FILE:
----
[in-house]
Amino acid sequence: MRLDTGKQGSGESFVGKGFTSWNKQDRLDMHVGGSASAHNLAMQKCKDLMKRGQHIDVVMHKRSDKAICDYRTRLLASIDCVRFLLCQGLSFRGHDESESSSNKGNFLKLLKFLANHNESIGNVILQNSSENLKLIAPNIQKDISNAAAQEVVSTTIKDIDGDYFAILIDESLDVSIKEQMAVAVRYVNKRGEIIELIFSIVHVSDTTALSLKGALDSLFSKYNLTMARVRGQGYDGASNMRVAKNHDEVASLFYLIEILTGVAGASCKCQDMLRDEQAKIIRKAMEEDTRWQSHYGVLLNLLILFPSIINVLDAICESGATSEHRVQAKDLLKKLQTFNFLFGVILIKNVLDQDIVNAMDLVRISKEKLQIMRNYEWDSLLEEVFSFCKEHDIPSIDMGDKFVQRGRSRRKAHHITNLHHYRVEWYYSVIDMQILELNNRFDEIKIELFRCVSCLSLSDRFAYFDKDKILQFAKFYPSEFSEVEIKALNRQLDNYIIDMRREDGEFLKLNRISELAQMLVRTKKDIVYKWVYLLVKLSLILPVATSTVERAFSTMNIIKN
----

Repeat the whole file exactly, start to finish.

[in-house]
Amino acid sequence: MRLDTGKQGSGESFVGKGFTSWNKQDRLDMHVGGSASAHNLAMQKCKDLMKRGQHIDVVMHKRSDKAICDYRTRLLASIDCVRFLLCQGLSFRGHDESESSSNKGNFLKLLKFLANHNESIGNVILQNSSENLKLIAPNIQKDISNAAAQEVVSTTIKDIDGDYFAILIDESLDVSIKEQMAVAVRYVNKRGEIIELIFSIVHVSDTTALSLKGALDSLFSKYNLTMARVRGQGYDGASNMRVAKNHDEVASLFYLIEILTGVAGASCKCQDMLRDEQAKIIRKAMEEDTRWQSHYGVLLNLLILFPSIINVLDAICESGATSEHRVQAKDLLKKLQTFNFLFGVILIKNVLDQDIVNAMDLVRISKEKLQIMRNYEWDSLLEEVFSFCKEHDIPSIDMGDKFVQRGRSRRKAHHITNLHHYRVEWYYSVIDMQILELNNRFDEIKIELFRCVSCLSLSDRFAYFDKDKILQFAKFYPSEFSEVEIKALNRQLDNYIIDMRREDGEFLKLNRISELAQMLVRTKKDIVYKWVYLLVKLSLILPVATSTVERAFSTMNIIKN